U.S. Maple Purple on Time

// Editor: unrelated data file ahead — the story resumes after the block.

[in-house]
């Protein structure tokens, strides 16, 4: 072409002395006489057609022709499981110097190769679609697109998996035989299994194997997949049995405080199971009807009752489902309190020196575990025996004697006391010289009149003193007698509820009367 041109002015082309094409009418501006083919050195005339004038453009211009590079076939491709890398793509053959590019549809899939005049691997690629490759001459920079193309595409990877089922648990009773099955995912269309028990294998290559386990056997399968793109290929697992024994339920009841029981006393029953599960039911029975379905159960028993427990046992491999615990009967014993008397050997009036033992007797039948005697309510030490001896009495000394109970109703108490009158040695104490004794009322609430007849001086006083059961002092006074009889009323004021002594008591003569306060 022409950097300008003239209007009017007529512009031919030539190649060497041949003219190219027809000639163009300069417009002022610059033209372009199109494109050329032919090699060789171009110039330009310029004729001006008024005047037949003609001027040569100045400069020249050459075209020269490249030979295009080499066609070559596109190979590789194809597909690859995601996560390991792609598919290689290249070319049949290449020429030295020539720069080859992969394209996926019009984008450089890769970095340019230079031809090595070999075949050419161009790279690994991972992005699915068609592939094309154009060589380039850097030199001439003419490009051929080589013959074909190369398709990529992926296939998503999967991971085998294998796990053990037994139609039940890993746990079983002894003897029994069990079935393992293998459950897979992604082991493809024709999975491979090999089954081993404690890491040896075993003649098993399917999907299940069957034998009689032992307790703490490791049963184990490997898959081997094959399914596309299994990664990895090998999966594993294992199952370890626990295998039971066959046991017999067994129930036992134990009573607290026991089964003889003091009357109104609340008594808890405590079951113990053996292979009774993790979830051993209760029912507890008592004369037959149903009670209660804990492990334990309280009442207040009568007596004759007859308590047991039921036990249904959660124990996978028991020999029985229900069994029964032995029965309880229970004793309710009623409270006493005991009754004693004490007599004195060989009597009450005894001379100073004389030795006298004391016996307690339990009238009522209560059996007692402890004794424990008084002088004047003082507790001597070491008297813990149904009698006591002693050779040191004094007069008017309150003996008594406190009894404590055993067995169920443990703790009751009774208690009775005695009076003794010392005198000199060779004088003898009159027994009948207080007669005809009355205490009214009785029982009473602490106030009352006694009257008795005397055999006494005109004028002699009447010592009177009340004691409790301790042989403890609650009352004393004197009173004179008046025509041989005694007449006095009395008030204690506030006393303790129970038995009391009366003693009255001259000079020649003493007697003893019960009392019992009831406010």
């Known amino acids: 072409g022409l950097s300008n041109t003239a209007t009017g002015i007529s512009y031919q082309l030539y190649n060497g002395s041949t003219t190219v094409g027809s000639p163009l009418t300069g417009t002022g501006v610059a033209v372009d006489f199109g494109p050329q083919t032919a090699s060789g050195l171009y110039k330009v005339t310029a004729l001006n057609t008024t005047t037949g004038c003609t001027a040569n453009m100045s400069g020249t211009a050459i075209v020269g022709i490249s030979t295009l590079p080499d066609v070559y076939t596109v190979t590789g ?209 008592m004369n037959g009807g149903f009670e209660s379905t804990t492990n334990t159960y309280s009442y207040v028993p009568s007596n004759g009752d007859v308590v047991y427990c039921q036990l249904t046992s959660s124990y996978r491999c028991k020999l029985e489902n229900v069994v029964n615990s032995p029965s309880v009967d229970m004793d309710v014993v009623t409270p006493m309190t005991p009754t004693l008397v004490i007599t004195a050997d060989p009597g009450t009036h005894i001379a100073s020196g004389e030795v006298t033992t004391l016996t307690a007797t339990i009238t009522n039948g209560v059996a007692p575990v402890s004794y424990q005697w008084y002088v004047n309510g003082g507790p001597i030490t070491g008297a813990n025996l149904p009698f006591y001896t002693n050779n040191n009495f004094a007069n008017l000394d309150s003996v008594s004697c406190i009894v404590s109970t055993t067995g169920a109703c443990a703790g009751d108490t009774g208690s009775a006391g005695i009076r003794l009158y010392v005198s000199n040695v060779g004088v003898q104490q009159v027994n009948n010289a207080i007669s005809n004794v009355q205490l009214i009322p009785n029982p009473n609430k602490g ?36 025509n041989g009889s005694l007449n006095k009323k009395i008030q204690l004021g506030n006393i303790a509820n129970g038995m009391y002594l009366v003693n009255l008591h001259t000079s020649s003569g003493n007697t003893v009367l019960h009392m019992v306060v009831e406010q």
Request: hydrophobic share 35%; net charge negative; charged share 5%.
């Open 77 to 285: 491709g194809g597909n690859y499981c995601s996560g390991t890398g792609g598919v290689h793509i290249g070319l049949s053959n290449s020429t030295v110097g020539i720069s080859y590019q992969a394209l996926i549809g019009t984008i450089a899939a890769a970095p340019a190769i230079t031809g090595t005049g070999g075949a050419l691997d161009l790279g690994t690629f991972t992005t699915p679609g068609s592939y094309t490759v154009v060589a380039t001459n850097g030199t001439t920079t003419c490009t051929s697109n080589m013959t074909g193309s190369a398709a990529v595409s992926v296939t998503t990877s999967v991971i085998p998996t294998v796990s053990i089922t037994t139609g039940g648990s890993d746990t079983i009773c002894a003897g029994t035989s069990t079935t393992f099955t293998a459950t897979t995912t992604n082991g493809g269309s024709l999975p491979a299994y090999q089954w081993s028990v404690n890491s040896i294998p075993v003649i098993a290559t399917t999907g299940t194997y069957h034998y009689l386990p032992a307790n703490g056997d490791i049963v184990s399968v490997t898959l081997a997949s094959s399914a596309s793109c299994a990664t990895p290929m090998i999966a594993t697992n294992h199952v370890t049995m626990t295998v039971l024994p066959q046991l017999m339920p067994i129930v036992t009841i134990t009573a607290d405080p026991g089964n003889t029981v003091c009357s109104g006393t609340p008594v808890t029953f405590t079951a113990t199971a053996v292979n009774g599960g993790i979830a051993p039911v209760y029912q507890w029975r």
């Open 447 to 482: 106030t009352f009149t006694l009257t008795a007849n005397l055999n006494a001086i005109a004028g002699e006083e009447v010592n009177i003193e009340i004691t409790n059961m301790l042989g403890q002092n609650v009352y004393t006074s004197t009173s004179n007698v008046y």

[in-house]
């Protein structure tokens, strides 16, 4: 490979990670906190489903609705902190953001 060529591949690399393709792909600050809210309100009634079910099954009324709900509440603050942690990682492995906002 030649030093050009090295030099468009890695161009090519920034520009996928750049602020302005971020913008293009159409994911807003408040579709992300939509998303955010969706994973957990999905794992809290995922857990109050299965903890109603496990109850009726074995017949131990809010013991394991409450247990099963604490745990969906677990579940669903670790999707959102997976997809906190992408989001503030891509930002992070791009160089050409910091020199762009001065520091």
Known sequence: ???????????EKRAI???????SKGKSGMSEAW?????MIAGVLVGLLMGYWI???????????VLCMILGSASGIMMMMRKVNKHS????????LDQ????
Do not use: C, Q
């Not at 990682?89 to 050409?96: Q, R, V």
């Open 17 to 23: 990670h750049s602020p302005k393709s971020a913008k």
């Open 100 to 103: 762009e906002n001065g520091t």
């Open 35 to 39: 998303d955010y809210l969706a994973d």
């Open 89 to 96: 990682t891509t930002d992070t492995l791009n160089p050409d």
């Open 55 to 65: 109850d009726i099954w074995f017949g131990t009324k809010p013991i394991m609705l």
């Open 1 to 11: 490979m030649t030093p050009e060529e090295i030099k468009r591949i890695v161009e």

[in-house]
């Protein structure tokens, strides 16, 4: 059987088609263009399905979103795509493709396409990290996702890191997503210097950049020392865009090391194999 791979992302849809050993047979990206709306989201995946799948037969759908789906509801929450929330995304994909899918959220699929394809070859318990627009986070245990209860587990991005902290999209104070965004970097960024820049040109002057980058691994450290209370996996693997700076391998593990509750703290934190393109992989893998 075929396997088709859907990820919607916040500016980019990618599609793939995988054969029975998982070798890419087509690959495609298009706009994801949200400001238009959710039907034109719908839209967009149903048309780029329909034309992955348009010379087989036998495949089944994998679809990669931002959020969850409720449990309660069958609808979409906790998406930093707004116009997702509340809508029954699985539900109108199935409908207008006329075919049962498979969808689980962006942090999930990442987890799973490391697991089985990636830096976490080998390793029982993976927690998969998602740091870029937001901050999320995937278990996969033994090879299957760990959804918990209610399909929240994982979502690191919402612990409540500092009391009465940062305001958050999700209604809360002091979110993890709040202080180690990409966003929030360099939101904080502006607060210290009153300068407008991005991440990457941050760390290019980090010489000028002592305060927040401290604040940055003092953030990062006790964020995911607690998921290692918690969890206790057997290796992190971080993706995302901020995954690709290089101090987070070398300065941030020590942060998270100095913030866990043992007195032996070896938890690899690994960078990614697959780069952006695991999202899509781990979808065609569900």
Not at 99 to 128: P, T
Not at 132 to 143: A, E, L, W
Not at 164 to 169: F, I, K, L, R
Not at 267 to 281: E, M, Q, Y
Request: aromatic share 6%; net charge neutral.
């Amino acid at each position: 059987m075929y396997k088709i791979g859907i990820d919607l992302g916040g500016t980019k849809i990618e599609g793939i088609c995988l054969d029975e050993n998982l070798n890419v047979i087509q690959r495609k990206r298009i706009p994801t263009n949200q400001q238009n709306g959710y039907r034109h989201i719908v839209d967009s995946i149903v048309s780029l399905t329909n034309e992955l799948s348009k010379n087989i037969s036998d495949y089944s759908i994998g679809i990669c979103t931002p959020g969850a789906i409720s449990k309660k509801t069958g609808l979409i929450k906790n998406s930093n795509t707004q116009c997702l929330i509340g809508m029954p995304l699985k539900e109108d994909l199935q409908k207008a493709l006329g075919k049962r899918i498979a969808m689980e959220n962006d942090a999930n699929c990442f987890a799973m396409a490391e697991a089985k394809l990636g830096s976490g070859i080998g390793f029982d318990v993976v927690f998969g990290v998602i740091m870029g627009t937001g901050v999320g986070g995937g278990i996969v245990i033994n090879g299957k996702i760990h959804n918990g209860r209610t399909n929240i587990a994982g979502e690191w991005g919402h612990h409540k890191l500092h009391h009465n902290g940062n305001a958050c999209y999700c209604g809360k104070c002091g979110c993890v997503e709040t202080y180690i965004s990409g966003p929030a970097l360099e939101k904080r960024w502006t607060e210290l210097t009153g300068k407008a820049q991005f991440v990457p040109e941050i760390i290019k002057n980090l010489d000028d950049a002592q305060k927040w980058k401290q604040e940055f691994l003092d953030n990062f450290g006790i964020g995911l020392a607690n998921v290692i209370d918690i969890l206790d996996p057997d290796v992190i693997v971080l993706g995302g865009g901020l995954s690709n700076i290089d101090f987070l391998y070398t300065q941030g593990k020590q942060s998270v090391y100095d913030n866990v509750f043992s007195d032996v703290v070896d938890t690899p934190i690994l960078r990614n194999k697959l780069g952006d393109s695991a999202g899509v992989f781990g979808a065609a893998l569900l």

Destroying and eagerly placing the pieces and parts of rock back together again with a touch that could probably convince even safe structuralists, is a hobby for U.S. Maple. With the kind of strong low guitar lines needed to pull off this sort of weirdness while maintaining such a tangible sense of composition, the band attempt and pretty much always hit their often lofty goals, but without making it seem that way. The only thing quiet about Purple on Time is Al Johnson’s well-loved, hushed strangulations, which beg, grasp and reach but never quite drown and could never be described as meek. The whole group oozes a confidence that forces the edge off their bizarre math rock experimentalism and tempts listeners to take a chance — it isn’t so difficult after all. "Dumb in the Wings” epitomises this sentiment, at times dragging around a mean glare before it reaches out and pulls you into a strict realisation — these guys are completely in control. Their cover of Dylan’s "Lay, Lady, Lay” hints at their capabilities for downright prettiness and you could almost fall asleep to it if Johnson’s excellently pervy gravel voice wasn’t creeping you right the fuck out. (Drag City)